Saturday, June 23, 2012

Out and about: Exhibits: Degas et le Nu

When I’m in the States and thinking of Paris, I tell myself "Next time I’ll be out every morning, doing things, taking pictures, visiting museums, seeing movies..." And then when I arrive, I somehow get caught up in everyday details and the days slip through my fingers.
     Paperwork is partially to blame. And cooking and maintenance on the apartment. And this time the bloody incessant rain! Now there’s only a week left and I’m trying to cram it all in before I leave.
     So I’ve given a lot of thought to setting priorities. Which is why I hopped on the métro to the Musée d’Orsay this morning, before the rest of the Things To Do started getting done.

This museum had a previous life as a theater and an auction house and a movie set, including for Orson Welles. But even before that it was a train station and there’s still an RER commuter line running right underfoot. You can feel it rumbling and kachunk-kachunking over the points at regular intervals as you walk through this marvel of an architectural re-make. (If you go, be sure to check out the Belle Epoque ballroom and the still-functioning bronzed-and-mirrored restaurant up behind that huge clock.)
     But back to the reason I’m here.
     Edgar Degas (actually De Gas) was born into the Parisian bourgeoisie in 1834 and earmarked to be something other than an artist. So much for his parents’ expectations. I thought I knew a lot about Degas, but I didn’t. For instance, his mother was from New Orleans and there is some lip service to the idea that his Scène de guerre au Moyen Age (War scene from the Middle Ages) is based on tales he heard of the rape of New Orleans women during America’s Civil War. An entire room is dedicated to this piece and some of the numerous sketches he made for it. All reflect his concern with portraying the naked body and his fascination with its contortions, which became his speciality.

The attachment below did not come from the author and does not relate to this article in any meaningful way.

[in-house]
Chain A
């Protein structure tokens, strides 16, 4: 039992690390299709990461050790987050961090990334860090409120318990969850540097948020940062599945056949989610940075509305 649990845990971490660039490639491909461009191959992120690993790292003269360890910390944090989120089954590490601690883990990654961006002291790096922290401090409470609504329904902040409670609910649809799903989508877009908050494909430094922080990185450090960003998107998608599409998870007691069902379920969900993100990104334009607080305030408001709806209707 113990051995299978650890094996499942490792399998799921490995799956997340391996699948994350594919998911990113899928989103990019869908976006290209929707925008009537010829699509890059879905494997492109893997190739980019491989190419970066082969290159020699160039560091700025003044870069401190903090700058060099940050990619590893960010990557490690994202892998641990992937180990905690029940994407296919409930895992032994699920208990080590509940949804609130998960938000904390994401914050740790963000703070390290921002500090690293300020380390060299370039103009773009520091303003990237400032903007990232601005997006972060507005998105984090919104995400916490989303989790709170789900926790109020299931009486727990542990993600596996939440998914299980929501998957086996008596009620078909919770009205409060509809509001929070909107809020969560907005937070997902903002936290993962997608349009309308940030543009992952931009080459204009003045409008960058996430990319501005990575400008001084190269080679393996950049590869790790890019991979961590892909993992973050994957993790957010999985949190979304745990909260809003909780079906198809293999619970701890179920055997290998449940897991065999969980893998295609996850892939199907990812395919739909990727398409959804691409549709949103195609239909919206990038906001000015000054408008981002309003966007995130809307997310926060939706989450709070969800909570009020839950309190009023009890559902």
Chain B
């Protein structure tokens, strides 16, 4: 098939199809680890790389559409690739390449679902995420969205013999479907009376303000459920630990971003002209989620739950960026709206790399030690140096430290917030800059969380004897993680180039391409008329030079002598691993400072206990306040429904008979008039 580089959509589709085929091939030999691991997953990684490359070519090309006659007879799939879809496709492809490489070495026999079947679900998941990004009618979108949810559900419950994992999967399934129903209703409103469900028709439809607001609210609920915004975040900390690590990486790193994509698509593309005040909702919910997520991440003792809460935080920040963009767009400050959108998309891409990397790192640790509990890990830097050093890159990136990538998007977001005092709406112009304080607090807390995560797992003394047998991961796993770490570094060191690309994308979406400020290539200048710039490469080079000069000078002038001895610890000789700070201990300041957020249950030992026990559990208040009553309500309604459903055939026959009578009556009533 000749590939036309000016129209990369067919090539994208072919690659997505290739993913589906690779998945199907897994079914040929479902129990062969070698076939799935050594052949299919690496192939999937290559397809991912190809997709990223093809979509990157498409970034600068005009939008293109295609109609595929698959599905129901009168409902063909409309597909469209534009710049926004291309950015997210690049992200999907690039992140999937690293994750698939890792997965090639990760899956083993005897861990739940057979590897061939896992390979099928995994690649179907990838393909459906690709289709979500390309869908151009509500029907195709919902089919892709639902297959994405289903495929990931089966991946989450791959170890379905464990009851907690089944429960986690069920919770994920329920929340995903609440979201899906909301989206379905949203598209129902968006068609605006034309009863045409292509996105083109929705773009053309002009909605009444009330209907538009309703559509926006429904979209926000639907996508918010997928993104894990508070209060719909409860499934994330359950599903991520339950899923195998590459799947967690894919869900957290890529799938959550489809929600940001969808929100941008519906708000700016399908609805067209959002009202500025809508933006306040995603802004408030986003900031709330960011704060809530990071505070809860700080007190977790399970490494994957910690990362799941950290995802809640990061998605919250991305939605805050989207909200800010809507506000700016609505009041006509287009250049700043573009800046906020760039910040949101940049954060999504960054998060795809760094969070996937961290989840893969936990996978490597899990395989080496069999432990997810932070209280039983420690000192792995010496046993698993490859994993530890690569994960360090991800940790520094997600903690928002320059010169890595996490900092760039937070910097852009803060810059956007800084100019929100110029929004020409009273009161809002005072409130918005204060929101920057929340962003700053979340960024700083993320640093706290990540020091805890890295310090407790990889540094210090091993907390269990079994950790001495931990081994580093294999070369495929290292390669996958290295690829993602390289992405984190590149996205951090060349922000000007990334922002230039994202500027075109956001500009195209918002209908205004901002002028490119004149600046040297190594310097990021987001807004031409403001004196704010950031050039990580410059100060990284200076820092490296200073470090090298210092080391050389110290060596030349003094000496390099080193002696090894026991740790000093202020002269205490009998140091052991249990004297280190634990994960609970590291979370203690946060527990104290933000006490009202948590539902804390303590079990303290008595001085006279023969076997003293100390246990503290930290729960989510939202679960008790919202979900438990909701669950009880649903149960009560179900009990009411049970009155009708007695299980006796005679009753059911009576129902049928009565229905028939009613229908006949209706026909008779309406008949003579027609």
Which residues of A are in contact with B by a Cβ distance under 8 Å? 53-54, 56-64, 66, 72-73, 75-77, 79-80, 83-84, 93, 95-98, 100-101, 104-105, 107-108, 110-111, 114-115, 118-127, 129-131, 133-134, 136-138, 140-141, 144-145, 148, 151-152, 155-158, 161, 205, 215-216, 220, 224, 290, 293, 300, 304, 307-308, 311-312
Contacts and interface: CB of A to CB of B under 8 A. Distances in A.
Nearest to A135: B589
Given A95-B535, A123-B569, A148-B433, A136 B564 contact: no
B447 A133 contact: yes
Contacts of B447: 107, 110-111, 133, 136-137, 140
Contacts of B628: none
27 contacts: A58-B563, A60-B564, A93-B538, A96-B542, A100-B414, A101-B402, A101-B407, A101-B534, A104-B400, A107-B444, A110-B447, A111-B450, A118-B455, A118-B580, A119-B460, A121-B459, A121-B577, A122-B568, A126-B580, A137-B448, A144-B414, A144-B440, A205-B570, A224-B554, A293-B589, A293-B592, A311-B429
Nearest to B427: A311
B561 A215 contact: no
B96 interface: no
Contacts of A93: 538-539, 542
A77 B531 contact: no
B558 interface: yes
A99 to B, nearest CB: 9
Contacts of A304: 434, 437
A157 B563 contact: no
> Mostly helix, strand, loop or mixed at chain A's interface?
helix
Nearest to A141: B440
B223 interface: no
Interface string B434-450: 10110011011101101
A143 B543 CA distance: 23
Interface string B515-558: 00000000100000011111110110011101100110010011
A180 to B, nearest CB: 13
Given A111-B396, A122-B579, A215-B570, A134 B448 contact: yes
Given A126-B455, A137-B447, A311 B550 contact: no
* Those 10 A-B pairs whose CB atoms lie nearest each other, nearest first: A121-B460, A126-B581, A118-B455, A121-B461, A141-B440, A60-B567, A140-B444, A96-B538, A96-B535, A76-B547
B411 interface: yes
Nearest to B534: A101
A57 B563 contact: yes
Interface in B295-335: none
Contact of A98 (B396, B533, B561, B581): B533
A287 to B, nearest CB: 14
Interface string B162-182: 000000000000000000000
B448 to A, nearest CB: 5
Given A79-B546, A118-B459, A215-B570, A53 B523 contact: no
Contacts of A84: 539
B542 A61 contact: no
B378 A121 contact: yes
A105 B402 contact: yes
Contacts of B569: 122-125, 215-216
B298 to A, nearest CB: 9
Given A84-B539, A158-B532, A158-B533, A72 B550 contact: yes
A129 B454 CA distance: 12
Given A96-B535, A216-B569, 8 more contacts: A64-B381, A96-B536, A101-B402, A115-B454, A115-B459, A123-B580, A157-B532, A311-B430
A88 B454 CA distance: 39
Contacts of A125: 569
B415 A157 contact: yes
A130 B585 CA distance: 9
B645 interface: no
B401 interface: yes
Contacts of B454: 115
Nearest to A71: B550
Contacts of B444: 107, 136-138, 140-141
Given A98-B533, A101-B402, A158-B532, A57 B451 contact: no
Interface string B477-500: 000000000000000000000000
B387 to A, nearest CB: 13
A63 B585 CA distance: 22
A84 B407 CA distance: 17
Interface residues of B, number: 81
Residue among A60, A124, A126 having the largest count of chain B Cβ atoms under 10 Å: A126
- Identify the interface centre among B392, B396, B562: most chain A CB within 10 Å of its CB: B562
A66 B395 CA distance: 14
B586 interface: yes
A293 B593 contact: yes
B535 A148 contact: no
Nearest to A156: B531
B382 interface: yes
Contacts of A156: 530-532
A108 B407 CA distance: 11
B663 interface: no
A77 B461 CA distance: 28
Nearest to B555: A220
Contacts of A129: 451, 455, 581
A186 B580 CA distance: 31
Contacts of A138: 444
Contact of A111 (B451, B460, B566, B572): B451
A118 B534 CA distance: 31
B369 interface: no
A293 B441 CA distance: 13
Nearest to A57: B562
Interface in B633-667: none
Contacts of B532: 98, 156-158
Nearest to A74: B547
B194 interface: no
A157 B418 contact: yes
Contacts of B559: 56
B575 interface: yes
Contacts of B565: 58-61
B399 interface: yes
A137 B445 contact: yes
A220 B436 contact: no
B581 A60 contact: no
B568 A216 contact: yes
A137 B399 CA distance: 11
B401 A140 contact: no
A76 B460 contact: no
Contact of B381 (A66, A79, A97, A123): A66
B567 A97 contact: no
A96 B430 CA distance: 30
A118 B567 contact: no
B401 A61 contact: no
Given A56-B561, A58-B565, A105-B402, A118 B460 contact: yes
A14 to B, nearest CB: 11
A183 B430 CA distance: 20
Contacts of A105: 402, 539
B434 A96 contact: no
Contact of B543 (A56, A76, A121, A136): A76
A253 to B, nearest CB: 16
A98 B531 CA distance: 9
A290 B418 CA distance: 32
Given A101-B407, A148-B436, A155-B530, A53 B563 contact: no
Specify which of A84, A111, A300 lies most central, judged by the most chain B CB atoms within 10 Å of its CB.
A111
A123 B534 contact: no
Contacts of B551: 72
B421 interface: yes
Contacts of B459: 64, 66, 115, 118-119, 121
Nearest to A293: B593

The show is very different from what I’d expected. Degas is remembered chiefly for his paintings of ballet dancers and race tracks. But his classical training instilled in him a fascination with the human body, which implies naked. He carried on this fascination throughout his career, and this show is all about that.
     At the entrance to each of the seven rooms there are panels in three languages explaining the theme covered. Displayed are more sketches than anything else, and explanations (in small print) for almost every sketch. I noticed a majority of those sketches are from American museums, with the rest from private collections but most of the major works come from the walls and reserves of the Musée d’Orsay itself.
     One entire room spotlights his ballet dancer statues, or rather stages of his statues. Half of them are original wax figures found in his studio after his death, some unfinished. The other half are bronzes cast posthumously from original wax models. All are nudes. While his ballet dancers ended up clothed, there are numerous sketches and studies of them, minus their tutus, on the surrounding walls.
Le Tub